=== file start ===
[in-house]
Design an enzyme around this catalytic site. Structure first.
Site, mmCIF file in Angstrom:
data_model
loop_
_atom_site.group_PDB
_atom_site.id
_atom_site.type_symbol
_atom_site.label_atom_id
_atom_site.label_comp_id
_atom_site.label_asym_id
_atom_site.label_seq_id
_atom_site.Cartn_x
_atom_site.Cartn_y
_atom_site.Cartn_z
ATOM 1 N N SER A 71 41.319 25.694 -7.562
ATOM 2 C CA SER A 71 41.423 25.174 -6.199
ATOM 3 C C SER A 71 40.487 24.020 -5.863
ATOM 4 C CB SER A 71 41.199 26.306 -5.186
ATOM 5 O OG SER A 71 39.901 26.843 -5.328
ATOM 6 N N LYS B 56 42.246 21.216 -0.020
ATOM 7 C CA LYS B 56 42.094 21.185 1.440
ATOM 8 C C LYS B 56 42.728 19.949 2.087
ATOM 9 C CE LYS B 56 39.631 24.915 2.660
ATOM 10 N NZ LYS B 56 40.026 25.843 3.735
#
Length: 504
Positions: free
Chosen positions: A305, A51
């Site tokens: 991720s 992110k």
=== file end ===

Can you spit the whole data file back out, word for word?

[in-house]
Design an enzyme around this catalytic site. Structure first.
Site, mmCIF file in Angstrom:
data_model
loop_
_atom_site.group_PDB
_atom_site.id
_atom_site.type_symbol
_atom_site.label_atom_id
_atom_site.label_comp_id
_atom_site.label_asym_id
_atom_site.label_seq_id
_atom_site.Cartn_x
_atom_site.Cartn_y
_atom_site.Cartn_z
ATOM 1 N N SER A 71 41.319 25.694 -7.562
ATOM 2 C CA SER A 71 41.423 25.174 -6.199
ATOM 3 C C SER A 71 40.487 24.020 -5.863
ATOM 4 C CB SER A 71 41.199 26.306 -5.186
ATOM 5 O OG SER A 71 39.901 26.843 -5.328
ATOM 6 N N LYS B 56 42.246 21.216 -0.020
ATOM 7 C CA LYS B 56 42.094 21.185 1.440
ATOM 8 C C LYS B 56 42.728 19.949 2.087
ATOM 9 C CE LYS B 56 39.631 24.915 2.660
ATOM 10 N NZ LYS B 56 40.026 25.843 3.735
#
Length: 504
Positions: free
Chosen positions: A305, A51
């Site tokens: 991720s 992110k």